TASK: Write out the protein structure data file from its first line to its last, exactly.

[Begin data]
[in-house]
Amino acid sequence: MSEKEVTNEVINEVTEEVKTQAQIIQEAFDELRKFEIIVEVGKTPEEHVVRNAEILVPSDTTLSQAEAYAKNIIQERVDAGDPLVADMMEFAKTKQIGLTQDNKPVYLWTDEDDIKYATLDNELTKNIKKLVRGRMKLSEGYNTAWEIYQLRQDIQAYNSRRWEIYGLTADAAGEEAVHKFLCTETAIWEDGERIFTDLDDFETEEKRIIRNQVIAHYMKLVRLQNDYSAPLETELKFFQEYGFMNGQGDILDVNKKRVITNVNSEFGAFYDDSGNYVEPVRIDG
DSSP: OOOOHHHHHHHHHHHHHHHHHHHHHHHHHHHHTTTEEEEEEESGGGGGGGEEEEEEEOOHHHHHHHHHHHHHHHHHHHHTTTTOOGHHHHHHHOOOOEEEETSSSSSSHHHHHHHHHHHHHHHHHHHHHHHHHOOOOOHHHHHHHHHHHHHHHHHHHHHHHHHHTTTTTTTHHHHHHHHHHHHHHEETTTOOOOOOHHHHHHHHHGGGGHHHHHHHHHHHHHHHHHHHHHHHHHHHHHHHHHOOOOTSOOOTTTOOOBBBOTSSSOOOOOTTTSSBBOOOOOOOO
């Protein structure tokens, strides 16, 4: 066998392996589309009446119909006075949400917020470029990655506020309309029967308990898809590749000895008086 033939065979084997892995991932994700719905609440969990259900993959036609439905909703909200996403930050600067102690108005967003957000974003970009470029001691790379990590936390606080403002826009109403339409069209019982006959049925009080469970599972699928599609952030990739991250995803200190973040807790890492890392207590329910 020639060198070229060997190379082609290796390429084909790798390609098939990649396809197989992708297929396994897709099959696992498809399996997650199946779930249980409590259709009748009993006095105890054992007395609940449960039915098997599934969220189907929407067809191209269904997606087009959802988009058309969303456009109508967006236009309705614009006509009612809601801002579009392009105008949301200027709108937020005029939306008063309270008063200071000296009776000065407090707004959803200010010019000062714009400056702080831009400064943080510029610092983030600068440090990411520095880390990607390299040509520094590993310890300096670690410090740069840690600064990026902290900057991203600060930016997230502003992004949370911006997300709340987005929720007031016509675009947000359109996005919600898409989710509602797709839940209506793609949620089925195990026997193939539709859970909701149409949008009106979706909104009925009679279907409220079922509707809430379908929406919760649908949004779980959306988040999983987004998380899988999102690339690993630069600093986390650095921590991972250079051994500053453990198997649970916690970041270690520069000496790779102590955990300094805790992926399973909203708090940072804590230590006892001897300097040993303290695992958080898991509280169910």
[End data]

[in-house]
Amino acid sequence: MSEKEVTNEVINEVTEEVKTQAQIIQEAFDELRKFEIIVEVGKTPEEHVVRNAEILVPSDTTLSQAEAYAKNIIQERVDAGDPLVADMMEFAKTKQIGLTQDNKPVYLWTDEDDIKYATLDNELTKNIKKLVRGRMKLSEGYNTAWEIYQLRQDIQAYNSRRWEIYGLTADAAGEEAVHKFLCTETAIWEDGERIFTDLDDFETEEKRIIRNQVIAHYMKLVRLQNDYSAPLETELKFFQEYGFMNGQGDILDVNKKRVITNVNSEFGAFYDDSGNYVEPVRIDG
DSSP: OOOOHHHHHHHHHHHHHHHHHHHHHHHHHHHHTTTEEEEEEESGGGGGGGEEEEEEEOOHHHHHHHHHHHHHHHHHHHHTTTTOOGHHHHHHHOOOOEEEETSSSSSSHHHHHHHHHHHHHHHHHHHHHHHHHOOOOOHHHHHHHHHHHHHHHHHHHHHHHHHHTTTTTTTHHHHHHHHHHHHHHEETTTOOOOOOHHHHHHHHHGGGGHHHHHHHHHHHHHHHHHHHHHHHHHHHHHHHHHOOOOTSOOOTTTOOOBBBOTSSSOOOOOTTTSSBBOOOOOOOO
């Protein structure tokens, strides 16, 4: 066998392996589309009446119909006075949400917020470029990655506020309309029967308990898809590749000895008086 033939065979084997892995991932994700719905609440969990259900993959036609439905909703909200996403930050600067102690108005967003957000974003970009470029001691790379990590936390606080403002826009109403339409069209019982006959049925009080469970599972699928599609952030990739991250995803200190973040807790890492890392207590329910 020639060198070229060997190379082609290796390429084909790798390609098939990649396809197989992708297929396994897709099959696992498809399996997650199946779930249980409590259709009748009993006095105890054992007395609940449960039915098997599934969220189907929407067809191209269904997606087009959802988009058309969303456009109508967006236009309705614009006509009612809601801002579009392009105008949301200027709108937020005029939306008063309270008063200071000296009776000065407090707004959803200010010019000062714009400056702080831009400064943080510029610092983030600068440090990411520095880390990607390299040509520094590993310890300096670690410090740069840690600064990026902290900057991203600060930016997230502003992004949370911006997300709340987005929720007031016509675009947000359109996005919600898409989710509602797709839940209506793609949620089925195990026997193939539709859970909701149409949008009106979706909104009925009679279907409220079922509707809430379908929406919760649908949004779980959306988040999983987004998380899988999102690339690993630069600093986390650095921590991972250079051994500053453990198997649970916690970041270690520069000496790779102590955990300094805790992926399973909203708090940072804590230590006892001897300097040993303290695992958080898991509280169910």